The Texas Senate Business & Commerce Committee held more hearings Thursday at the state capitol about how to stabilize the Texas energy market for generating dispatchable electricity to meet the ever-growing demand as the reliability of the state power grid — present and future — is still in question.
The hearing focused on proposed changes to the wholesale electric market design and the impact such changes will have on the reliability of the Texas electric grid in the second winter weather season since Winter Storm Uri, as well as recent electricity outages.
Representatives from the Public Utility Commission (PUC), the Texas Competitive Power Advocates, and Independent Market Monitor groups attended to give testimony and answer questions about the PUC’s recent decision to adopt a new market design known as the Performance Credit Mechanism or PCM.
Once again, concerns were raised in the hearing about the reliability of the proposed new system and its ability to incentivize the construction of electricity-producing plants, and what needs to be done to ensure that the state can avoid another Uri, which crippled the grid and claimed the lives of hundreds of Texans, and caused extensive damage to the grid that Texans will be paying for for years to come.
State Sen. Robert Nichols, R-Jacksonville, during his remarks said “I don’t want to leave this building this legislative session without solving this problem,” and expressed concerns that even members of the legislature still don’t have — or agree on — all the facts, adding that “people in this building have told me things that I’m hearing today aren’t true.”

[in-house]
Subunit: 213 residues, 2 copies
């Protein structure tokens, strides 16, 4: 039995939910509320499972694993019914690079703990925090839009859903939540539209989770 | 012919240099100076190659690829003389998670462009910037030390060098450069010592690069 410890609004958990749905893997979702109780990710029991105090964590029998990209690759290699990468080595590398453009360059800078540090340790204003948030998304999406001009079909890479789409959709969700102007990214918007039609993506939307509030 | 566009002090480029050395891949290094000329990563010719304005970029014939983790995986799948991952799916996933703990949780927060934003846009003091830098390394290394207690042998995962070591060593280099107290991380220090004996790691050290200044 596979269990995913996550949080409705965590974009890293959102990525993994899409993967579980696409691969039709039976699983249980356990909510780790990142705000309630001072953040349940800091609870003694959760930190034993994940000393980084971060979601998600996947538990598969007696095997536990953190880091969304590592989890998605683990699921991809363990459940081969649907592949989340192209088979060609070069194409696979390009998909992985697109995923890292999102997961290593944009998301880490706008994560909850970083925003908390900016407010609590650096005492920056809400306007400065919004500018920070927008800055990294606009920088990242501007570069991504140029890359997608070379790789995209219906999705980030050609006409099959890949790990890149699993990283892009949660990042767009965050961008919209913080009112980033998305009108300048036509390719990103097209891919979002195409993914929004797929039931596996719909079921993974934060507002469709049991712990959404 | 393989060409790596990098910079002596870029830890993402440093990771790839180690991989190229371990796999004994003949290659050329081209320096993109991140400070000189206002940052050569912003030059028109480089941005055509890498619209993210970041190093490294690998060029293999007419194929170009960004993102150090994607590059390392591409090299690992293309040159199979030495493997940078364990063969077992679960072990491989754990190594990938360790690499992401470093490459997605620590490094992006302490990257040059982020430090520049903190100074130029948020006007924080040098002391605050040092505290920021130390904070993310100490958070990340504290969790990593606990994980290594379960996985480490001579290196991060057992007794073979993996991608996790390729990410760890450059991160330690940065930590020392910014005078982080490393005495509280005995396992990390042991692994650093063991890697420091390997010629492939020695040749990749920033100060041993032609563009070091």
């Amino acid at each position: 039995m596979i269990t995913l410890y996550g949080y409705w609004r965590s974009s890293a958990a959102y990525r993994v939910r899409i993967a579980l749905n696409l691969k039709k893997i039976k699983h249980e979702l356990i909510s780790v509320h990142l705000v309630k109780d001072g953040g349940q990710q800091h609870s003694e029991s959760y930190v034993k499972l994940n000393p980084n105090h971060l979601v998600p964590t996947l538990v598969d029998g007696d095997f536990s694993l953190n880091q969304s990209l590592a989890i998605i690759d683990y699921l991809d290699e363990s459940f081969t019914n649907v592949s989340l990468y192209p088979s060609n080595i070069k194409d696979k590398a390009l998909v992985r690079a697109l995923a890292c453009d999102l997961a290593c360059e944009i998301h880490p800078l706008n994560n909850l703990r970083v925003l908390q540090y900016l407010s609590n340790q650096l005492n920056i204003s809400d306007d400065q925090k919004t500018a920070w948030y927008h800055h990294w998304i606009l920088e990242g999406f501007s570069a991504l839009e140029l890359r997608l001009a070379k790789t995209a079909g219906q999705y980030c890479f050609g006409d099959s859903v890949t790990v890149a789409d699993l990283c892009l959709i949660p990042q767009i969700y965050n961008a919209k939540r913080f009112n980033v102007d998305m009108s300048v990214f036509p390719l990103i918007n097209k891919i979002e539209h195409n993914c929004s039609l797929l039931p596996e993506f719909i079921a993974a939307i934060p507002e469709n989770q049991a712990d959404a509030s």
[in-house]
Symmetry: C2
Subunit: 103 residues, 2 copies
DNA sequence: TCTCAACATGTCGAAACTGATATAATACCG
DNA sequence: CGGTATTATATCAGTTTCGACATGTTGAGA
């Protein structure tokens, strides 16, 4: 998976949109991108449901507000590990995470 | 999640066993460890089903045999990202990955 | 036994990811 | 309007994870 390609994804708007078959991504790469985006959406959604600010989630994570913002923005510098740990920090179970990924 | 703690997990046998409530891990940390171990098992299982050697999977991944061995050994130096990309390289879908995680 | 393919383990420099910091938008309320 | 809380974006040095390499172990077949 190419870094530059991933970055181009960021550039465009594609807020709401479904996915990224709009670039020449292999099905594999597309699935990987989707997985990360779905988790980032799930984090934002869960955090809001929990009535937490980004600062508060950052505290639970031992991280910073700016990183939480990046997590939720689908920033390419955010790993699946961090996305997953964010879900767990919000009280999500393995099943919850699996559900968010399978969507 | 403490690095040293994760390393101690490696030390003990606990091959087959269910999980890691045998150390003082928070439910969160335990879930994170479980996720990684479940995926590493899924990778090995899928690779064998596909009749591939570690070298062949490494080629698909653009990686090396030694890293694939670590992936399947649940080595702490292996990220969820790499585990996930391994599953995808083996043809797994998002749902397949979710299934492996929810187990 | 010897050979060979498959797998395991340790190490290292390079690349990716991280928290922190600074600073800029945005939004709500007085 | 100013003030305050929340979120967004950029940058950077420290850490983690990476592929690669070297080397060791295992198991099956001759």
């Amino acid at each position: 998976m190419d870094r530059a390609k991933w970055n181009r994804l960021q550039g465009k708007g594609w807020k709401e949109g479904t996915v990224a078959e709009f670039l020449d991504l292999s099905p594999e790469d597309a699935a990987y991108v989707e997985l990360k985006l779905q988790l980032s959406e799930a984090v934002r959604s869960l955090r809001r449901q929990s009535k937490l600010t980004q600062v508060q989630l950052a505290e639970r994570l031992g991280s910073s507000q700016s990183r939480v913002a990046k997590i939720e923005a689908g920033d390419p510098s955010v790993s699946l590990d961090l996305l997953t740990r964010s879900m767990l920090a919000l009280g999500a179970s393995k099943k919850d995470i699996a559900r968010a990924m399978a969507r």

The political future of all members of the state government may well hinge on whether the committee approves the current Public Utility Commission plan or finds an alternative. Gov. Greg Abbott staked his political credibility on ensuring reliability, claiming that he feels the “winterization” of the grid has been done per Senate Bill 3.
SB 3 requires power generation companies to take steps to better prepare their facilities to withstand extreme weather.
Thankfully, the grid has survived the current winter for the most part, as nothing like the February 2021 disaster has occurred. But experts warn that it’s only a matter of time before the state faces such a calamity again if more investment in the grid’s infrastructure doesn’t occur soon, as some of the current power-generating facilities date back to the Eisenhower administration.
Former PUC Chair Rebecca Klein, Principal of Klein Energy, LLC, and a member of the Saber Partners Advisory Board, was on hand to testify at the hearing to provide a “historical context” from the last market restructuring that occurred when she was a commissioner from 2001-04, as well as chair, and is a current member of the commission.
Committee Chair Sen. Charles Schwertner, R-Georgetown, asked Klien how long she thought it would take to implement PUC’s preferred path forward, the Performance Credit Mechanism. She said that whatever the estimate is, add 50 percent to the time needed.
The Electric Reliability Council of Texas (ERCOT) has estimated it would take two to three and a half years, so if her prediction is accurate, the grid fix won’t occur until toward the end of the current decade.
In an exchange with state Sen. Donna Campbell, R-New Braunfels, Klein agreed with the senator’s assessment that the failure of the grid during Uri was due to the performance of the electricity capacity that existed, plus “inadequate forecasting,” and the “lack of weatherization” that caused the grid’s collapse. Klein cited independent analyst and federal regulator reports that agreed that “it was the performance.”
State Sen. Lois Kolkhorst, R-Brenham, said in last week’s committee hearing that the cost of Uri will be passed on to commercial and residential monthly electric bills, thus Texans will bear the burden of the estimated $10 billion in surcharges, on top of rising electricity rates going forward.